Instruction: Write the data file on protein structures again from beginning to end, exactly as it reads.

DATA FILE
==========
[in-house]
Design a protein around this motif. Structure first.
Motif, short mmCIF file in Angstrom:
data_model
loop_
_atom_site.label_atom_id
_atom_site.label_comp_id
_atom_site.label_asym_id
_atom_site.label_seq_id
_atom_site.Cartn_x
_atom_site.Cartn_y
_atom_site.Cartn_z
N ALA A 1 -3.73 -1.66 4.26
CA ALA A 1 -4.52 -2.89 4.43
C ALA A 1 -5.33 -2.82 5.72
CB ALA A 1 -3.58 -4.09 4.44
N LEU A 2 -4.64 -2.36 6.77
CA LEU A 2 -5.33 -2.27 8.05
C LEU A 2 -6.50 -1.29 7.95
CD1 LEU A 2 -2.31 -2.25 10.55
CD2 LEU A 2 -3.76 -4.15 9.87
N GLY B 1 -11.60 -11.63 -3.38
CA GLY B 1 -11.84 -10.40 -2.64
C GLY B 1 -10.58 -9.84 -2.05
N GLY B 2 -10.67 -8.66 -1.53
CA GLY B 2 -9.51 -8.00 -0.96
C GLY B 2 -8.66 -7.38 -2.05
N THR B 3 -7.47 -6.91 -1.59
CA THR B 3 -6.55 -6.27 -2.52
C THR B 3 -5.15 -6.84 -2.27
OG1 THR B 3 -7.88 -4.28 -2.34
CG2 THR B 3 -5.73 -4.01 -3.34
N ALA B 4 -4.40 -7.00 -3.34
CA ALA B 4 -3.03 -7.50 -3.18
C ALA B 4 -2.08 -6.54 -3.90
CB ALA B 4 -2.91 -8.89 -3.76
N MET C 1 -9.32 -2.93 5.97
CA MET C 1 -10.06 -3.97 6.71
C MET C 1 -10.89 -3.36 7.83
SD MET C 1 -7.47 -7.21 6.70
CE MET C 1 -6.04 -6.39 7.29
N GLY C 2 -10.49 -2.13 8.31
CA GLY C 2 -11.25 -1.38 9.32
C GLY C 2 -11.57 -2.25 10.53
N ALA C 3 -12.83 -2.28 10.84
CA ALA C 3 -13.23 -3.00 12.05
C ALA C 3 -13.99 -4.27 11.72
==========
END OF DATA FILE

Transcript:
[in-house]
Design a protein around this motif. Structure first.
Motif, short mmCIF file in Angstrom:
data_model
loop_
_atom_site.label_atom_id
_atom_site.label_comp_id
_atom_site.label_asym_id
_atom_site.label_seq_id
_atom_site.Cartn_x
_atom_site.Cartn_y
_atom_site.Cartn_z
N ALA A 1 -3.73 -1.66 4.26
CA ALA A 1 -4.52 -2.89 4.43
C ALA A 1 -5.33 -2.82 5.72
CB ALA A 1 -3.58 -4.09 4.44
N LEU A 2 -4.64 -2.36 6.77
CA LEU A 2 -5.33 -2.27 8.05
C LEU A 2 -6.50 -1.29 7.95
CD1 LEU A 2 -2.31 -2.25 10.55
CD2 LEU A 2 -3.76 -4.15 9.87
N GLY B 1 -11.60 -11.63 -3.38
CA GLY B 1 -11.84 -10.40 -2.64
C GLY B 1 -10.58 -9.84 -2.05
N GLY B 2 -10.67 -8.66 -1.53
CA GLY B 2 -9.51 -8.00 -0.96
C GLY B 2 -8.66 -7.38 -2.05
N THR B 3 -7.47 -6.91 -1.59
CA THR B 3 -6.55 -6.27 -2.52
C THR B 3 -5.15 -6.84 -2.27
OG1 THR B 3 -7.88 -4.28 -2.34
CG2 THR B 3 -5.73 -4.01 -3.34
N ALA B 4 -4.40 -7.00 -3.34
CA ALA B 4 -3.03 -7.50 -3.18
C ALA B 4 -2.08 -6.54 -3.90
CB ALA B 4 -2.91 -8.89 -3.76
N MET C 1 -9.32 -2.93 5.97
CA MET C 1 -10.06 -3.97 6.71
C MET C 1 -10.89 -3.36 7.83
SD MET C 1 -7.47 -7.21 6.70
CE MET C 1 -6.04 -6.39 7.29
N GLY C 2 -10.49 -2.13 8.31
CA GLY C 2 -11.25 -1.38 9.32
C GLY C 2 -11.57 -2.25 10.53
N ALA C 3 -12.83 -2.28 10.84
CA ALA C 3 -13.23 -3.00 12.05
C ALA C 3 -13.99 -4.27 11.72